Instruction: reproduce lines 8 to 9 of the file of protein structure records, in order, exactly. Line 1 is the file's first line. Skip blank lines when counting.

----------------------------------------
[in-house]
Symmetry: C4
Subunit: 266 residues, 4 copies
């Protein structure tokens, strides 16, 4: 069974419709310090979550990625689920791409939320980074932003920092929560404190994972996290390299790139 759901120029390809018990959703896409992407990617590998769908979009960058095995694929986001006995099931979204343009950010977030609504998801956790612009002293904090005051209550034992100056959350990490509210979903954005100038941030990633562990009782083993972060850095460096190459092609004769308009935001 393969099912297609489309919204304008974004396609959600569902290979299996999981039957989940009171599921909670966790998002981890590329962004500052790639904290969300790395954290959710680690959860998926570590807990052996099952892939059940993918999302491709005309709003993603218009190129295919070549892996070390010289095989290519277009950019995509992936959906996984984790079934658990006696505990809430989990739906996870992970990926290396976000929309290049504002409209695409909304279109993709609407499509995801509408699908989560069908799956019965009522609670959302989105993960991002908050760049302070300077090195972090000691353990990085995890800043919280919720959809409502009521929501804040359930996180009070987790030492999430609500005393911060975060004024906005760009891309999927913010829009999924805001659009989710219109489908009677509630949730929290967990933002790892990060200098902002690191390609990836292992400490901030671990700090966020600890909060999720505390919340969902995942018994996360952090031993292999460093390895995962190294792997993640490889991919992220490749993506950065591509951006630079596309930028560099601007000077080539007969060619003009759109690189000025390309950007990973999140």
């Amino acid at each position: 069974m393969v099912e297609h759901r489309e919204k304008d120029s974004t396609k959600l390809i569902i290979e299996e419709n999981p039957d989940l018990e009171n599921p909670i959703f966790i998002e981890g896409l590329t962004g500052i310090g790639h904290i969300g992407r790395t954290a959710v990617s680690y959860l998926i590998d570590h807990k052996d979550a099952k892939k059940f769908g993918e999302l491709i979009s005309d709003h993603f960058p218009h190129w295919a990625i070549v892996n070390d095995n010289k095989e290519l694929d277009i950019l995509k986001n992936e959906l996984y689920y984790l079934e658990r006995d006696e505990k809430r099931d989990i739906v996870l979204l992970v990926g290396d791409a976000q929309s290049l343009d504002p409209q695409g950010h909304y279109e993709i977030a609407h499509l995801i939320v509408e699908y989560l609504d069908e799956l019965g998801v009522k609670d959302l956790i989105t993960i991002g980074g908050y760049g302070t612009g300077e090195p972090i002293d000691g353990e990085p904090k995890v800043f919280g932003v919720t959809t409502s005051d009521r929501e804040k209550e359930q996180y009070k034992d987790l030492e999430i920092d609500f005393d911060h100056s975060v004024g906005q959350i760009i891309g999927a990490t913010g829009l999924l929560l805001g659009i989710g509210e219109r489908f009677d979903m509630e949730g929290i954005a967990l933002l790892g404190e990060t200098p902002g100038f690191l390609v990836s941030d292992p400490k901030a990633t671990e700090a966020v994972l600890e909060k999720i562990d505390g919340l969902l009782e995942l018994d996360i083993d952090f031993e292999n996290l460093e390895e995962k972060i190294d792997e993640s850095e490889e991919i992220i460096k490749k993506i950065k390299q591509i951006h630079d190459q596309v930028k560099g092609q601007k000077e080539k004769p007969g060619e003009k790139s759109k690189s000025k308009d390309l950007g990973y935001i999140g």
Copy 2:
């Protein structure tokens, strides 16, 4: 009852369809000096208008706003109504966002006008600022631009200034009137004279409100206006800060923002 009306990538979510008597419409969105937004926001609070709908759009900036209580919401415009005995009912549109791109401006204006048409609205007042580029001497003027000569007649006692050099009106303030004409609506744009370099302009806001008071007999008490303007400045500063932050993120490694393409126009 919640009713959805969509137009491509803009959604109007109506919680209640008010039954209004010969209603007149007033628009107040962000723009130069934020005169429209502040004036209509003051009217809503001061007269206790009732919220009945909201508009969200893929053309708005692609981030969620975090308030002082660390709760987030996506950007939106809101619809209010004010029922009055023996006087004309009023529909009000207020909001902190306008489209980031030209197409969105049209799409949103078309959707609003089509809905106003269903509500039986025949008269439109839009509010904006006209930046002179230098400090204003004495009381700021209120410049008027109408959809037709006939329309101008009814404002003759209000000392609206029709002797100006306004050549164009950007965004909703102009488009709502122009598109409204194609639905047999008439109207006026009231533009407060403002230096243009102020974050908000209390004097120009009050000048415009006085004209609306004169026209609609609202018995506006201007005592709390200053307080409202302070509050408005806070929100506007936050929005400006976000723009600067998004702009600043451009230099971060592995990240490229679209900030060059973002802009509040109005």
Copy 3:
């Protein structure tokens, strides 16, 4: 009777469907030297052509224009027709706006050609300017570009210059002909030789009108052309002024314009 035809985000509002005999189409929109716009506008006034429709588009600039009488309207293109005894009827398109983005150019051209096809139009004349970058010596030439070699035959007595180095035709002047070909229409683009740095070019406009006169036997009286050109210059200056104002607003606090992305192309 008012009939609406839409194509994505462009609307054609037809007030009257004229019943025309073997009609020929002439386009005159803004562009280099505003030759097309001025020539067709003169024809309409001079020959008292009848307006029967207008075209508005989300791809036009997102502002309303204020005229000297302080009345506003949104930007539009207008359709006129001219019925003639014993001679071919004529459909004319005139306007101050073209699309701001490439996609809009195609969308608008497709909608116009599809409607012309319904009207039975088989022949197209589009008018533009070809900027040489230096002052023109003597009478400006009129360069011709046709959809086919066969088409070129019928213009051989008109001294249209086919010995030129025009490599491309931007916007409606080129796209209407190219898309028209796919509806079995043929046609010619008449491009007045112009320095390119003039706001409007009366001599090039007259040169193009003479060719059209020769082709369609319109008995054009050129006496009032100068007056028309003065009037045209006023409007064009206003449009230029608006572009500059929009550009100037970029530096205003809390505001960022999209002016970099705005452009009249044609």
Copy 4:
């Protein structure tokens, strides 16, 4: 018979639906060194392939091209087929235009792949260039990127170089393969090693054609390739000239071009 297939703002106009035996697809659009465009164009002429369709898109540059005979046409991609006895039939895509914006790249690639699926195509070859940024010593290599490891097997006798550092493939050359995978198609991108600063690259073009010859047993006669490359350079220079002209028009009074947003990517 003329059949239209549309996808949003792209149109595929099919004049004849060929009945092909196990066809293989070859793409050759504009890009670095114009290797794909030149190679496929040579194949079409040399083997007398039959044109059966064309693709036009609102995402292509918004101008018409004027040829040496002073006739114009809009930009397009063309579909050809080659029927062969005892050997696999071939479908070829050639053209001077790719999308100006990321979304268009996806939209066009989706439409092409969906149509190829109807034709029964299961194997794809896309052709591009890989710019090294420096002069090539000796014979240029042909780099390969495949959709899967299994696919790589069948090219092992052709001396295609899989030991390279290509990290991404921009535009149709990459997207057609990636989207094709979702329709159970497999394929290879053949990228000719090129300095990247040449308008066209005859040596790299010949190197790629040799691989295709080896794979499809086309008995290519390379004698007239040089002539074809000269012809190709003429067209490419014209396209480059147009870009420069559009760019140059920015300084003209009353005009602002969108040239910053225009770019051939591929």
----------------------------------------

Copy 3:
């Protein structure tokens, strides 16, 4: 009777469907030297052509224009027709706006050609300017570009210059002909030789009108052309002024314009 035809985000509002005999189409929109716009506008006034429709588009600039009488309207293109005894009827398109983005150019051209096809139009004349970058010596030439070699035959007595180095035709002047070909229409683009740095070019406009006169036997009286050109210059200056104002607003606090992305192309 008012009939609406839409194509994505462009609307054609037809007030009257004229019943025309073997009609020929002439386009005159803004562009280099505003030759097309001025020539067709003169024809309409001079020959008292009848307006029967207008075209508005989300791809036009997102502002309303204020005229000297302080009345506003949104930007539009207008359709006129001219019925003639014993001679071919004529459909004319005139306007101050073209699309701001490439996609809009195609969308608008497709909608116009599809409607012309319904009207039975088989022949197209589009008018533009070809900027040489230096002052023109003597009478400006009129360069011709046709959809086919066969088409070129019928213009051989008109001294249209086919010995030129025009490599491309931007916007409606080129796209209407190219898309028209796919509806079995043929046609010619008449491009007045112009320095390119003039706001409007009366001599090039007259040169193009003479060719059209020769082709369609319109008995054009050129006496009032100068007056028309003065009037045209006023409007064009206003449009230029608006572009500059929009550009100037970029530096205003809390505001960022999209002016970099705005452009009249044609």